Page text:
The cultural bias towards male children is often exacerbated by other economic factors such as inheritance patterns for land and property going down the male line, and the social expectation that parents will pay a dowry to the husband of their daughter or to his parents. Besides economic and biological factors, there are also religious and cultural beliefs about such issues as ideal family size and the relative value of men over women. All of this affects how much will be spent to care for a mother in childbirth, how often she gets pregnant and the spacing between pregnancies.
Any solutions will need to address all of these economic, cultural and religious issues at some level, alongside improving access to timely, quality care from health professionals.
Research has shown that just providing good family planning services to help families control the number and frequency of pregnancies has little impact on either family size or the overall health and well-being of mother and children. (4) Smaller families are a disadvantage when a large family is your insurance policy for old age and sickness. However, when pensions and health insurance are provided, alongside family planning services, family size begins to drop. Family planning policies which encourage smaller family sizes through imposing limits or offering short-term economic incentives lead to a negative effect on the health and education of the children compared to those in larger families. This is because the parents are forced to divert funds from feeding and educating their children into saving for their old age. In other words, reducing family size (and the risks to the woman and each subsequent child of repeated pregnancies) can only be achieved as part of addressing wider economic and development issues. (5)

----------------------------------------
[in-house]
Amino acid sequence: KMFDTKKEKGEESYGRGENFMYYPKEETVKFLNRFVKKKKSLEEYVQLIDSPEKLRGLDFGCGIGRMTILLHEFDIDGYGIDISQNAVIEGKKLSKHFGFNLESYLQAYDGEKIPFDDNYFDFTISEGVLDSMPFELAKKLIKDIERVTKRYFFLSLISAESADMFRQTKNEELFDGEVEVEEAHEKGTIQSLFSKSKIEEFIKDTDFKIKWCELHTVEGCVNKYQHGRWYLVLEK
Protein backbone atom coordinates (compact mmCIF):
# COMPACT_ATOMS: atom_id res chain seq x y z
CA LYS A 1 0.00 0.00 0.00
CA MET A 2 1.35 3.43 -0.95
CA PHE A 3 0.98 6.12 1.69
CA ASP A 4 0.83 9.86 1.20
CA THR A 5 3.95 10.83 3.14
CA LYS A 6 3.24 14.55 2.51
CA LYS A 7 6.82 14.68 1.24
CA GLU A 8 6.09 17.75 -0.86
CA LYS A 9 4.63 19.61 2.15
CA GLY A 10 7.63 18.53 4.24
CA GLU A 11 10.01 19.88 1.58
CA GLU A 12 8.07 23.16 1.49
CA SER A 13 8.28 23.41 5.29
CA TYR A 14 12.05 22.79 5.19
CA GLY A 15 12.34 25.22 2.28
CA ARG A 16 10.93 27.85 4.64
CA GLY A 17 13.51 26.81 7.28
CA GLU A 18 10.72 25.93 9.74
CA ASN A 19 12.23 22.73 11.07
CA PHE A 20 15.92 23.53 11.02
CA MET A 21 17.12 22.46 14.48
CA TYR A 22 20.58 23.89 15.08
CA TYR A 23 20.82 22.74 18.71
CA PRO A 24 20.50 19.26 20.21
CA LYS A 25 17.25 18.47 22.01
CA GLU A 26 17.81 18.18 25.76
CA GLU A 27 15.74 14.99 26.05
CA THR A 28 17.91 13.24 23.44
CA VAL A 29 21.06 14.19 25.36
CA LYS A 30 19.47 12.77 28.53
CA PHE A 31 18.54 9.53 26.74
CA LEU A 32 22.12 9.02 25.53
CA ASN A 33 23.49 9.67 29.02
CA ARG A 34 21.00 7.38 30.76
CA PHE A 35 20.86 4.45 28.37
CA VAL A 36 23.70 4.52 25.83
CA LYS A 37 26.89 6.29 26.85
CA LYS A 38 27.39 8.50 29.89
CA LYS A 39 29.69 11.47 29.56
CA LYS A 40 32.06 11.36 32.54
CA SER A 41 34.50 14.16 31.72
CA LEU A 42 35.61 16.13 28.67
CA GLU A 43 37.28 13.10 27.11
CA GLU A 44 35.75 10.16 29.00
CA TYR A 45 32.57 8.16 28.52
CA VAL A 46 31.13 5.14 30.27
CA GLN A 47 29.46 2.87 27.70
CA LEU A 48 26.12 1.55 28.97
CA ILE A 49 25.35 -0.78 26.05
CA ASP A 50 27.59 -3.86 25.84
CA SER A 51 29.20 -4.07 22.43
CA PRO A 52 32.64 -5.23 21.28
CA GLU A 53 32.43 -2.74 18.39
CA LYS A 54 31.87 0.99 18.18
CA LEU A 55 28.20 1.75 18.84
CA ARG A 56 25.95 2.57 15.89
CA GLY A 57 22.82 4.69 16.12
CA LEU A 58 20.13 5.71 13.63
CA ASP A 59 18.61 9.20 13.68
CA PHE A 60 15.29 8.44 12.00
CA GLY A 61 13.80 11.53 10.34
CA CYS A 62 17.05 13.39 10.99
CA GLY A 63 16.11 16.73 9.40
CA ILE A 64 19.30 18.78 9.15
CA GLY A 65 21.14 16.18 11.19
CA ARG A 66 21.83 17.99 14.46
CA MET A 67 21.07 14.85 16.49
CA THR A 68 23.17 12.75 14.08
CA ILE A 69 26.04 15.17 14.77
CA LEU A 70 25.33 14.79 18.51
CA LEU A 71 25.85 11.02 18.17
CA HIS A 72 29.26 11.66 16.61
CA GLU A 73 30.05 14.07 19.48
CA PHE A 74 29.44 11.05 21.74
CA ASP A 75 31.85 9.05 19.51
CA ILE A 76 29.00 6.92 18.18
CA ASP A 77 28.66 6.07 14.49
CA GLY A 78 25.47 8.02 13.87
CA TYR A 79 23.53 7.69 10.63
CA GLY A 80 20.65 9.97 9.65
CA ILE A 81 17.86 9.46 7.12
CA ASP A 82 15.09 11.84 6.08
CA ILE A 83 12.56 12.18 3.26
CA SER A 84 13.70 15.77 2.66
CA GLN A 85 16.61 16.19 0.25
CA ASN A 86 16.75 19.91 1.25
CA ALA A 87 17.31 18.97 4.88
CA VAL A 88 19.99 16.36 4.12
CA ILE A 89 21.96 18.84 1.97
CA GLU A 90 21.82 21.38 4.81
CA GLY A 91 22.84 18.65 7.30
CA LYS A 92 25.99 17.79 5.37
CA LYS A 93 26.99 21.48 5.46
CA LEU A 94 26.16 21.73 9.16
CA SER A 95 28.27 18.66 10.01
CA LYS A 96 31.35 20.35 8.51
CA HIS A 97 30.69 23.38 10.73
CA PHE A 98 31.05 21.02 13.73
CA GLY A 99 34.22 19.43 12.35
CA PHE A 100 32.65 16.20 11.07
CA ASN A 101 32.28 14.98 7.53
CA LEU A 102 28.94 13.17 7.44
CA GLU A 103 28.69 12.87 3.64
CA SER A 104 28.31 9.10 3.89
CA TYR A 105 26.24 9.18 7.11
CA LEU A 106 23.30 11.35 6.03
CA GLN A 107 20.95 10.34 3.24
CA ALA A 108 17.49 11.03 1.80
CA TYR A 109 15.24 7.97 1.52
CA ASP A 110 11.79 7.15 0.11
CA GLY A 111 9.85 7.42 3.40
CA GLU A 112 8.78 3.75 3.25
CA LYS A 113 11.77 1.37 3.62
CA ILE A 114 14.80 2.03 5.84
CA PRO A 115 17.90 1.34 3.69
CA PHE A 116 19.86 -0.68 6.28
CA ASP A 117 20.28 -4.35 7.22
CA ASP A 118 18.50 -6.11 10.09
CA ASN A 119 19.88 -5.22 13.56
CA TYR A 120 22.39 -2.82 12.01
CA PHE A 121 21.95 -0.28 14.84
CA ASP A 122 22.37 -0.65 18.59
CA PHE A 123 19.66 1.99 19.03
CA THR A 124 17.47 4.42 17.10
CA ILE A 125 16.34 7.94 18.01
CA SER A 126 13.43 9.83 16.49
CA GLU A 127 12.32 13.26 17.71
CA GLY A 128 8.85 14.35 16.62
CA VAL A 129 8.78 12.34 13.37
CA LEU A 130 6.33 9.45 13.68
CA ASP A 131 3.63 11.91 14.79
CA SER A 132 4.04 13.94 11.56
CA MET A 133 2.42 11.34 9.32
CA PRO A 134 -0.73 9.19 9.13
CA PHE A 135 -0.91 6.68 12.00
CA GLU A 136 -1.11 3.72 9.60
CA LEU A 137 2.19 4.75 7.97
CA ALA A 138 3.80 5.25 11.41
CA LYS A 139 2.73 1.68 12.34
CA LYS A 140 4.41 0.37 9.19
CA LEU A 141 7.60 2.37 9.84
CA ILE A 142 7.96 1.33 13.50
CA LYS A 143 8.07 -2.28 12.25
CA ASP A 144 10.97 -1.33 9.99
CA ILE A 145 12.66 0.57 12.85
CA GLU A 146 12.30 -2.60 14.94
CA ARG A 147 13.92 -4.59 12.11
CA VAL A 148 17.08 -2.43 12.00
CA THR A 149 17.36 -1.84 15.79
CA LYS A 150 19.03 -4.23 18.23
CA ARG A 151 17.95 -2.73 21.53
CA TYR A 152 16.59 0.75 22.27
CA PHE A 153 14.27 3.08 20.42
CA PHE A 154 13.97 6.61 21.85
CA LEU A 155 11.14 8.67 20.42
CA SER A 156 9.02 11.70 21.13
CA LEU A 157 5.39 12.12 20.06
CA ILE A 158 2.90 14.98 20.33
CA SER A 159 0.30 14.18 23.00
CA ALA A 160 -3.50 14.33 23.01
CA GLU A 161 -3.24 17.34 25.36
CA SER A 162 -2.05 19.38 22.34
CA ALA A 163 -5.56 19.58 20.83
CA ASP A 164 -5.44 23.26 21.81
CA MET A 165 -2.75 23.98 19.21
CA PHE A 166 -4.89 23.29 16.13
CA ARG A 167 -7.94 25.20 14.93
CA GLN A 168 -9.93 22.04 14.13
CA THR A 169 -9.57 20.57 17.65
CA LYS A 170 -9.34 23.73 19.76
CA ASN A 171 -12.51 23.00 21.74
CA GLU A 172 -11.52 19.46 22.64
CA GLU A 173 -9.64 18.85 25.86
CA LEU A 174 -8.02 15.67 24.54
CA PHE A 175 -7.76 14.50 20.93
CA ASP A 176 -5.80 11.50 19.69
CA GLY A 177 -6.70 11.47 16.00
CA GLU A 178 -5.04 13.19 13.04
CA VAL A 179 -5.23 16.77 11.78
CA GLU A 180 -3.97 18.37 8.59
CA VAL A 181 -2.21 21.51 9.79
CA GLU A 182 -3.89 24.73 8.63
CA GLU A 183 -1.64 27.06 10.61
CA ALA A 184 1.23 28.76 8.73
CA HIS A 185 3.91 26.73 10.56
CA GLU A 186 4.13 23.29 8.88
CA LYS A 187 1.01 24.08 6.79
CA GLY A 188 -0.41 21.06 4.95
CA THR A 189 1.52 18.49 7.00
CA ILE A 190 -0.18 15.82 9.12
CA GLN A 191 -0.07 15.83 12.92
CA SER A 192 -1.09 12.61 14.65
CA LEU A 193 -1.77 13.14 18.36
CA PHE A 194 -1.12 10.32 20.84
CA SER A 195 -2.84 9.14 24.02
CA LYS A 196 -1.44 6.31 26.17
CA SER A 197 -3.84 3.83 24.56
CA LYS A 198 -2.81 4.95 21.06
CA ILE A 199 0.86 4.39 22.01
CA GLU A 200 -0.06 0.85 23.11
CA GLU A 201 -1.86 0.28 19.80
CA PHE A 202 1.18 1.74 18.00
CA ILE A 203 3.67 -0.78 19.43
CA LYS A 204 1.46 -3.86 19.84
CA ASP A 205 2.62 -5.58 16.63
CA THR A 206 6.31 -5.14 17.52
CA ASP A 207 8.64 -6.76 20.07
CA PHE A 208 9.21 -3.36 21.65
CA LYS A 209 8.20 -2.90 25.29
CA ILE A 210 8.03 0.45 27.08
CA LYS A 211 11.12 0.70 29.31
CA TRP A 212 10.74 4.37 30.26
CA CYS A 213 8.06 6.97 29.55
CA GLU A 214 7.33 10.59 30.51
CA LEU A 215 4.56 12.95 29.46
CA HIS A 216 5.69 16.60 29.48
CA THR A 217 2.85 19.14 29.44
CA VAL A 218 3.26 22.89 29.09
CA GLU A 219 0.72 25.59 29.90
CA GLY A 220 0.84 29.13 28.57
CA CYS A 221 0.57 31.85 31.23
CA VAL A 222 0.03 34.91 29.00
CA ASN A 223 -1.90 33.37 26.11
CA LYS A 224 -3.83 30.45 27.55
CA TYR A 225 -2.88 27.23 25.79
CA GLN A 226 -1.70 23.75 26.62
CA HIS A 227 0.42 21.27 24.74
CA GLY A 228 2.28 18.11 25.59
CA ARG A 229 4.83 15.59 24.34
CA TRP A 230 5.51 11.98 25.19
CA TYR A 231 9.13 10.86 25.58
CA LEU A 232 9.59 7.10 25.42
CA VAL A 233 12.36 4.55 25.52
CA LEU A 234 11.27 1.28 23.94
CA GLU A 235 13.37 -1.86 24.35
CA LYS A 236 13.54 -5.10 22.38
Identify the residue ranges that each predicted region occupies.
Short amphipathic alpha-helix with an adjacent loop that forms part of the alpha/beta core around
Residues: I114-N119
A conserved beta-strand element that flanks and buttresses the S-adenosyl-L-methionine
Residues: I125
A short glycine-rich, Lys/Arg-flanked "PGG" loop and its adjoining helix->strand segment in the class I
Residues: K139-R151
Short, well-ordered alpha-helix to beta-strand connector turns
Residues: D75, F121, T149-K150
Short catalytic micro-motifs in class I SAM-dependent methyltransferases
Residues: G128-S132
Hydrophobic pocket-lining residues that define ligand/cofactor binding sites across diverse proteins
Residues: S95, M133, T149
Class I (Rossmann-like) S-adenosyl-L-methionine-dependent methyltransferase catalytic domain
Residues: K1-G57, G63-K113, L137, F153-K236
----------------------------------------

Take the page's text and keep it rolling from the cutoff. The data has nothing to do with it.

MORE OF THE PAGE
Another intervention that can have a significant impact is providing trained midwives and trained birth attendants (see page 5). Midwives do not just deliver healthy babies, they also ensure throughout the pregnancy that mother and child are healthy. A trained birth attendant can provide care during labour in settings where a midwife may be less readily available. Both midwife and birth attendant can ensure a mother is referred to an obstetric unit if there is a risk of complications. The United Nations Population Fund (UNFPA) estimates that there is a global shortfall of around 350,000 midwives, but by meeting this shortfall, up to 3,000 lives could be saved every day, with other health risks and challenges reduced for mother and baby. (6)
The local community also plays an important role. Neighbours, relatives, schools and other community networks all play a vital part in supporting expectant mothers. Very often at the heart of these networks is a church, mosque, temple or synagogue. In most developing countries, religion shapes the worldview and attitudes to health, women, childbirth, family size and gender balance. It is essential that any effective strategy to mobilise a community to support and care for pregnant women does so in the context of the religious environment in which the woman and her family live.
Christianity and maternal and neonatal health